As athletes it is important to make sure we are fuelling our bodies to the optimum level. This is ever more important as we progress through the current COVID-19 pandemic.
As we adjust to the lockdown (reduced training) and newer ways of working (from home) we need to make sure we don’t consume more calories than we need and don’t comfort eat and find ourselves putting on unnecessary kilo’s! To this end it is useful to plan our nutrition and make sure we don’t comfort or binge eat.
As a rough guide, and depending upon where we are in our training cycle, we should be looking at getting 25% of our calories from protein, 45%-55% from carbohydrates and 20%-30% from fats. How many calories we need in total will depend on how hard we are training and our current weight. As an example a 72kg male athlete in heavy training may require 4,250 calories per day and a 64kg female in a similar training phase 3,725 calories.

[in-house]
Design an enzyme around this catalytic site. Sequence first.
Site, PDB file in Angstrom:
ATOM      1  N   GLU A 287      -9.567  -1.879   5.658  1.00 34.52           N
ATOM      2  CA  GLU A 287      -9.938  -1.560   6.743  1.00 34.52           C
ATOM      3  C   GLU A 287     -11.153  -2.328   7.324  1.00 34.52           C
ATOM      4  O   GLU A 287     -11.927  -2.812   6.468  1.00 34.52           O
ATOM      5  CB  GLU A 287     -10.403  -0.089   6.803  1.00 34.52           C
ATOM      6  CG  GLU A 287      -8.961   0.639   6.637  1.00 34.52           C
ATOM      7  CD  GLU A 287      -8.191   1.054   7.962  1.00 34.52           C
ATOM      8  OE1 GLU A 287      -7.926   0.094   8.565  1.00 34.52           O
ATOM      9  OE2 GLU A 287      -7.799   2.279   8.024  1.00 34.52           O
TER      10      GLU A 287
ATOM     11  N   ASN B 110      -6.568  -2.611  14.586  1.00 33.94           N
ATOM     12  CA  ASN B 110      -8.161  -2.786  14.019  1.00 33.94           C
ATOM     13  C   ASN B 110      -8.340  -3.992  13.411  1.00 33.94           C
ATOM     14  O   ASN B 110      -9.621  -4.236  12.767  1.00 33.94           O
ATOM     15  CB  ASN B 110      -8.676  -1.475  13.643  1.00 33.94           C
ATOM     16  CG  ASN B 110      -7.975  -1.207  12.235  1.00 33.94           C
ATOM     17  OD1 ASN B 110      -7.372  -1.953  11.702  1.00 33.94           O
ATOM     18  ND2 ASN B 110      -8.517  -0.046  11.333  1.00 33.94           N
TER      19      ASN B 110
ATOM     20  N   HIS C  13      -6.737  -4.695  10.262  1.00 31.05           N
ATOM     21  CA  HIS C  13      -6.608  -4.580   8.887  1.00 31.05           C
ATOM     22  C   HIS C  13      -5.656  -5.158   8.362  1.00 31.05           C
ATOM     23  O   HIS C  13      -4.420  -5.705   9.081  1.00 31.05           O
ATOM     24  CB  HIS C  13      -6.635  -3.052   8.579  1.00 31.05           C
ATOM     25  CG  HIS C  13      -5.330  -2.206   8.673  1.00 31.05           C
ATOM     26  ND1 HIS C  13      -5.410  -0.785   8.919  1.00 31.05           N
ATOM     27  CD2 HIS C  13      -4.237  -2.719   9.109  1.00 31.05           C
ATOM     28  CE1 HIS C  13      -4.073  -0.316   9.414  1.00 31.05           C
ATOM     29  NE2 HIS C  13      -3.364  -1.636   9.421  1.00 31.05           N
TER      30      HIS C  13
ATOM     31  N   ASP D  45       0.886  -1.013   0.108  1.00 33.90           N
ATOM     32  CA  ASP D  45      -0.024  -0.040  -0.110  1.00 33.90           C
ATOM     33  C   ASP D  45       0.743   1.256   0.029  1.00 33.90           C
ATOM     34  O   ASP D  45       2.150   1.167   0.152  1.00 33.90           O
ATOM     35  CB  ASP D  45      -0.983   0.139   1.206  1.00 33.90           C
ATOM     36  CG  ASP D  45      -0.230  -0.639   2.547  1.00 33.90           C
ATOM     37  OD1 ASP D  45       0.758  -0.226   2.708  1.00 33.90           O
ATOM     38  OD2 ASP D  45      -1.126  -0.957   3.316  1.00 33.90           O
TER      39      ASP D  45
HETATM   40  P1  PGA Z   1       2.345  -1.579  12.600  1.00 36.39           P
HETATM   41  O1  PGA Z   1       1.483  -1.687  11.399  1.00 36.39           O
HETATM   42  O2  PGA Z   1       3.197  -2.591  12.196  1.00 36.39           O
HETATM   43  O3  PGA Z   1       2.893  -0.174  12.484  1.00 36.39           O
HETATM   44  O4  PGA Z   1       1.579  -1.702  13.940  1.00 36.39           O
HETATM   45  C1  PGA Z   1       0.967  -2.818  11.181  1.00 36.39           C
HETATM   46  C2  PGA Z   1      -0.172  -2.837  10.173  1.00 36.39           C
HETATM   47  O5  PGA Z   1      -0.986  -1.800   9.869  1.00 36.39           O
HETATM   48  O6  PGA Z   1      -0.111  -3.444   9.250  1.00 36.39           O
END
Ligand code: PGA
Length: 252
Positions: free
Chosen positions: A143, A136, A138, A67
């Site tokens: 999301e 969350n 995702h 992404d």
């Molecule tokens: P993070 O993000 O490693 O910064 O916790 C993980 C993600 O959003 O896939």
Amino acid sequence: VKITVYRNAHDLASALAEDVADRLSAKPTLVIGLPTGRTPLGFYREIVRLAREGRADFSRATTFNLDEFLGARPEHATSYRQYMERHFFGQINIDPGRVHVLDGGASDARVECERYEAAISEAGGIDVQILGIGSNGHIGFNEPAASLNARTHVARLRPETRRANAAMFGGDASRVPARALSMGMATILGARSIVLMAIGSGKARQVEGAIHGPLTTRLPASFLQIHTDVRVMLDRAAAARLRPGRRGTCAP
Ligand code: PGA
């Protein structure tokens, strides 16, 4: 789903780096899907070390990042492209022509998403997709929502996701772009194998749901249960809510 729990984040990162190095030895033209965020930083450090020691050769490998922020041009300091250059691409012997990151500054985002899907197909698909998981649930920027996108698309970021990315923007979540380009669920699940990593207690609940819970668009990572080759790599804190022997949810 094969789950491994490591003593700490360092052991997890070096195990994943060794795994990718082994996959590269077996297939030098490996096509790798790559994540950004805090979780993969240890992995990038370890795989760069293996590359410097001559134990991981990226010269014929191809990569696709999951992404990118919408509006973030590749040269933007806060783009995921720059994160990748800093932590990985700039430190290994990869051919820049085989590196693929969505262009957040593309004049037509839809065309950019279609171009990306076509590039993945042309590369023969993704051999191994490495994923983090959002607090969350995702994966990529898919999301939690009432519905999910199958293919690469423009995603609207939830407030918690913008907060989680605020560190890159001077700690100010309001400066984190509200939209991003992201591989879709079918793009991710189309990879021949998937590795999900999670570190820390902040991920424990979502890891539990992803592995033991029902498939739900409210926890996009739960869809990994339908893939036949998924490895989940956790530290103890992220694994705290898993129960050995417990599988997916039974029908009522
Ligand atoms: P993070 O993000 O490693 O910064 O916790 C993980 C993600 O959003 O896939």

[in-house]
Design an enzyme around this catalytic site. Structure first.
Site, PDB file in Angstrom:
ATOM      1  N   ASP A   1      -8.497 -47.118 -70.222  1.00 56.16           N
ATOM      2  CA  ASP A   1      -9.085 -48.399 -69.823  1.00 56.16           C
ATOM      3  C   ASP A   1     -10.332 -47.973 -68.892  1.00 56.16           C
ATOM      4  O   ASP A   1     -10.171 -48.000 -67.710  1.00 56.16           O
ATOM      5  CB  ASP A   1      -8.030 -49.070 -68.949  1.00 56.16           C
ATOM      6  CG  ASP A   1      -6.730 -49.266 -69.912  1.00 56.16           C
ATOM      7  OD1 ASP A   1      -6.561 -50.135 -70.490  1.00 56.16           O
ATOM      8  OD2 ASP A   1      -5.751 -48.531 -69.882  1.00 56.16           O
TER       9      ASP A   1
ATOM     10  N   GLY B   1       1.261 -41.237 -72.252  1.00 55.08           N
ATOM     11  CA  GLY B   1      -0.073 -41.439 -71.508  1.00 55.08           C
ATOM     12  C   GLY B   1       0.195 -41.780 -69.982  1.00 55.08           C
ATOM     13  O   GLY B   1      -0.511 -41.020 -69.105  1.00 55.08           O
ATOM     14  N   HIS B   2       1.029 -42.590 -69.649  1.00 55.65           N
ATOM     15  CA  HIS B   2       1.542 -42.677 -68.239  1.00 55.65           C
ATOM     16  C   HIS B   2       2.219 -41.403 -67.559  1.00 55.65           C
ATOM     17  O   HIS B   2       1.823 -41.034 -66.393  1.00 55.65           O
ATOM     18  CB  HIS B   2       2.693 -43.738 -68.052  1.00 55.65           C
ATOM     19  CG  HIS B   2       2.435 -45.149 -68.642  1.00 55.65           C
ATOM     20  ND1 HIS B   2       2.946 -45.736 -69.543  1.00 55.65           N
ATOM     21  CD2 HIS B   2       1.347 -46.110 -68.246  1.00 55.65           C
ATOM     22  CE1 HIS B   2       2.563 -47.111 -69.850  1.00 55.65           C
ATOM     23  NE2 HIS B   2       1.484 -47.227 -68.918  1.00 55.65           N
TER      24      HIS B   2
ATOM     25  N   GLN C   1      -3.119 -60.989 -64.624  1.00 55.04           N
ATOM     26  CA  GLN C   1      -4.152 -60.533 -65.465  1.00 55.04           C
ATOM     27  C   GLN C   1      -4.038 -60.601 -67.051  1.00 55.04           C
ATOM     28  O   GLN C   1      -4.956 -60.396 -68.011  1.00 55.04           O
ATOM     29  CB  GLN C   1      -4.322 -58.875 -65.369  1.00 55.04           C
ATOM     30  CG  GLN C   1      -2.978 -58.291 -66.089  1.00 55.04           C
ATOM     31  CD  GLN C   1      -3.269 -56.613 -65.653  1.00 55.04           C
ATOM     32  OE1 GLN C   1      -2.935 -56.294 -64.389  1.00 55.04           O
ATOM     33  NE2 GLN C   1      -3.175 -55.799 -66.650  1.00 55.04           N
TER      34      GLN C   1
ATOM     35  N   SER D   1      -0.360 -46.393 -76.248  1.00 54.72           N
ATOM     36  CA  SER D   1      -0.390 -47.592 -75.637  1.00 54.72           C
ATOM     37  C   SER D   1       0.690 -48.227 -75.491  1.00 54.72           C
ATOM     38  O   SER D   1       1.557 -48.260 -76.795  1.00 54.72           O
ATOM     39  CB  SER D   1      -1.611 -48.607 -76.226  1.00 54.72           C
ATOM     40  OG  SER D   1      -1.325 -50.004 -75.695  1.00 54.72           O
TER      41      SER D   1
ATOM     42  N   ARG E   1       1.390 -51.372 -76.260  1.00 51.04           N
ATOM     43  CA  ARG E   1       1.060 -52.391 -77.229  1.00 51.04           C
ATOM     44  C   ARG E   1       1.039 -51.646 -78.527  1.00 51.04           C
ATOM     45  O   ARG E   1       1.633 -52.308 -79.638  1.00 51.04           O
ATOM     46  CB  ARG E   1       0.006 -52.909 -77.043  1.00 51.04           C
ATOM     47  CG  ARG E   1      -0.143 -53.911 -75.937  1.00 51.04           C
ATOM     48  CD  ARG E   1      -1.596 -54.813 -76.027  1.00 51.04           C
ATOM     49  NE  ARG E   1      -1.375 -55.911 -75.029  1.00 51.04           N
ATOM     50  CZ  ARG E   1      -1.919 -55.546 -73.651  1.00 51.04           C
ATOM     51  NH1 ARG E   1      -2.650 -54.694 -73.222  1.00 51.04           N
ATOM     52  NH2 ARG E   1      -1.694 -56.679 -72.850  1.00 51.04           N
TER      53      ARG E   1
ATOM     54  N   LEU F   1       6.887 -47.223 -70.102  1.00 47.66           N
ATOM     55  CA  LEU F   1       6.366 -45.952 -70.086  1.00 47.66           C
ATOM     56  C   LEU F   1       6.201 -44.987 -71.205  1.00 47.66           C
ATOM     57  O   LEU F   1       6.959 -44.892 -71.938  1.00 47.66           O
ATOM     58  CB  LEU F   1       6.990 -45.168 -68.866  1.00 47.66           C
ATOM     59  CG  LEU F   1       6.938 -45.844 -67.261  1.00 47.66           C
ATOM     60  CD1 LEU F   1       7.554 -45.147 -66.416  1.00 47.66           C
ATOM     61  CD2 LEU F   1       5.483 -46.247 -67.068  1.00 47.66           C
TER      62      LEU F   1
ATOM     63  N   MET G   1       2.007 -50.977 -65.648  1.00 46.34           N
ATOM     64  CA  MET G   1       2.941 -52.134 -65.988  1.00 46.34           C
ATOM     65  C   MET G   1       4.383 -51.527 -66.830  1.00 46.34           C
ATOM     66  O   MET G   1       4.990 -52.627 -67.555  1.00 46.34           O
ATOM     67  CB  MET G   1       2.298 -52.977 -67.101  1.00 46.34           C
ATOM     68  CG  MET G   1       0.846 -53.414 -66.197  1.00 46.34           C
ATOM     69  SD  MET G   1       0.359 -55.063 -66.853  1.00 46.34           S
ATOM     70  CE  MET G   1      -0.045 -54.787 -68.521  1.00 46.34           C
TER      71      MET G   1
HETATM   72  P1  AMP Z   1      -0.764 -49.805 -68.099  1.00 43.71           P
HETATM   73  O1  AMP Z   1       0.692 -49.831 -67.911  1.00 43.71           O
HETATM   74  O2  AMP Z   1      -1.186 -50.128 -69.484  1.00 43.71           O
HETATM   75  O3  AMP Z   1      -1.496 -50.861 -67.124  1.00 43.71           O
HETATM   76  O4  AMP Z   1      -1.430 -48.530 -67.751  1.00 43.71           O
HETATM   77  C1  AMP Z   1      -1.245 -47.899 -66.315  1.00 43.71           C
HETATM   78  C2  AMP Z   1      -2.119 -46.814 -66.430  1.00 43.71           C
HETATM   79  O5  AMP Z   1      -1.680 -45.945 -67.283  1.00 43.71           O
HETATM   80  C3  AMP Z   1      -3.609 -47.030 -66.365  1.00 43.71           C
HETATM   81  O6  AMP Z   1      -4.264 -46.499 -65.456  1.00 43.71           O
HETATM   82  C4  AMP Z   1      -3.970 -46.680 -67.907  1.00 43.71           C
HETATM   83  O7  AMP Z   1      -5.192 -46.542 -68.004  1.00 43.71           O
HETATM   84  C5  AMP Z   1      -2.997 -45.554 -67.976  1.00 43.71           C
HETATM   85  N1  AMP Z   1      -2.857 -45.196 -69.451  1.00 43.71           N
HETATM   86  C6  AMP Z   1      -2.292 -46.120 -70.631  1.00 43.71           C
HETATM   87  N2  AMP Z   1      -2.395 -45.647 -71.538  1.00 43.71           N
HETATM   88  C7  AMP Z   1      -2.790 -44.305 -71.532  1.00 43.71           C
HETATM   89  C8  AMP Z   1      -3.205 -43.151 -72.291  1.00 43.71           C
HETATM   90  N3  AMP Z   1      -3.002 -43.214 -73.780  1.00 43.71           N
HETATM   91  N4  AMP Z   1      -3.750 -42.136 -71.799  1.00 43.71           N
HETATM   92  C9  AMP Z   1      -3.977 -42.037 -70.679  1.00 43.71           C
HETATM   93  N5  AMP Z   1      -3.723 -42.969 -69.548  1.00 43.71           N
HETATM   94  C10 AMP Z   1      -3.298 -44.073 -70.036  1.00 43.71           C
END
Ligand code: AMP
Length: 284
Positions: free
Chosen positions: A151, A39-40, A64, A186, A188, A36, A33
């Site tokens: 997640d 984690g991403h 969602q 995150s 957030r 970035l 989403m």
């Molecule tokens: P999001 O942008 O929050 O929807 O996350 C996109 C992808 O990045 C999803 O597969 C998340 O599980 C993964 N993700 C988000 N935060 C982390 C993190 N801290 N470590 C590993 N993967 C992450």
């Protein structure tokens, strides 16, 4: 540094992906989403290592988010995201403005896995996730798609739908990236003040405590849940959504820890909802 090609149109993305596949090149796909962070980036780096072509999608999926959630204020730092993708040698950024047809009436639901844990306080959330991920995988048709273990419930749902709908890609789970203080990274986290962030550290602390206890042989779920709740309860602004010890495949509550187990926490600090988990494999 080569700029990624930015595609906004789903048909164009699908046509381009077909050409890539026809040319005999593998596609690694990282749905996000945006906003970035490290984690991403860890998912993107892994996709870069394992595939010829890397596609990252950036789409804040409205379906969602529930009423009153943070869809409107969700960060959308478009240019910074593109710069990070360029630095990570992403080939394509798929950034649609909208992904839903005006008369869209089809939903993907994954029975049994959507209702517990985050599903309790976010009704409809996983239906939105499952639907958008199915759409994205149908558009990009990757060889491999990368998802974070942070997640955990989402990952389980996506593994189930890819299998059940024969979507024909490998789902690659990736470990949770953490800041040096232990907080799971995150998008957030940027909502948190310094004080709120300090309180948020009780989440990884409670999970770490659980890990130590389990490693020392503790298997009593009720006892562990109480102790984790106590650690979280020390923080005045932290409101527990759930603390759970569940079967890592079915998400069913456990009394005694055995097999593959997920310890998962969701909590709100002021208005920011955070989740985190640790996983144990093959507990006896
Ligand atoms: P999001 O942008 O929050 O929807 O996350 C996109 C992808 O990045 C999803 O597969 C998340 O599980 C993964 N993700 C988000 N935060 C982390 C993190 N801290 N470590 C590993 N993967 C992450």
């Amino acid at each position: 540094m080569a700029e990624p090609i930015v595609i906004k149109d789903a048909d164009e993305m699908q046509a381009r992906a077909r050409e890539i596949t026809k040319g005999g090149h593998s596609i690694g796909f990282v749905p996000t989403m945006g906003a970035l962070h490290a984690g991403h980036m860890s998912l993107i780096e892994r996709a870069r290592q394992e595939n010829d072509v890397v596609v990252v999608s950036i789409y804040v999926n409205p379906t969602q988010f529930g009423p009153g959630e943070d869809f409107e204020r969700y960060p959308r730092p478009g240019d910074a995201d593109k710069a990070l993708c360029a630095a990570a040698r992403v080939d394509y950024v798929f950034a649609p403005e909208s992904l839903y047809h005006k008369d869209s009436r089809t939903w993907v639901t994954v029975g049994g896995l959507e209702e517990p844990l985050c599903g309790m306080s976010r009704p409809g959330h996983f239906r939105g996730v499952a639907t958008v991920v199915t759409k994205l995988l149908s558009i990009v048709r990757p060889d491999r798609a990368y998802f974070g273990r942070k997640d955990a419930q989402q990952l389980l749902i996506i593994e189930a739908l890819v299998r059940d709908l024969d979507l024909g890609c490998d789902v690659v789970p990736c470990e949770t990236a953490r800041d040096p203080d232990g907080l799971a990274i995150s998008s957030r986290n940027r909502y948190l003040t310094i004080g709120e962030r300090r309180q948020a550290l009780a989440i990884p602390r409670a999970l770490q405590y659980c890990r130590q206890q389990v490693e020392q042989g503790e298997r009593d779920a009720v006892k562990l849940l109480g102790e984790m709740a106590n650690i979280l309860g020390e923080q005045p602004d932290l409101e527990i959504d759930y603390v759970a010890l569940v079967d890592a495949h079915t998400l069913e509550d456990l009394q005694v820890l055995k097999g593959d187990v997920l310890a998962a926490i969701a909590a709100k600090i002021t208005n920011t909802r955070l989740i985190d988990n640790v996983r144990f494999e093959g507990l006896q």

We should aim to eat fresh, un-processed foods and include a wide variety of fruit and vegetables in our diets. We should choose wholegrain and higher fibre foods with no added salt or sugar, lower fat versions of dairy produce and any oils or spreads we use should be unsaturated. We should include a couple of portions of sustainably sourced oily fish a week and try to avoid red and processed meats. Eating more beans and pulses will also help us achieve a healthy and balanced diet which contains all the nutrients, vitamins and minerals we need.
Don’t forget hydration, we should aim to drink little and often – processing of fluids is much more efficient if the gut is kept topped up rather than being allowed to empty and then re-filled. In general and depending upon the individual, to sustain our basic bodily functions males require about 3.8ltr of fluid and females 2.9ltr per day, this is before we undertake any form of exercise. We all have different sweat rates so the replenishment of fluid when exercising will vary between individuals but as a general rule when exercising look to consume about 1ml/kg body weight/hr of fluid.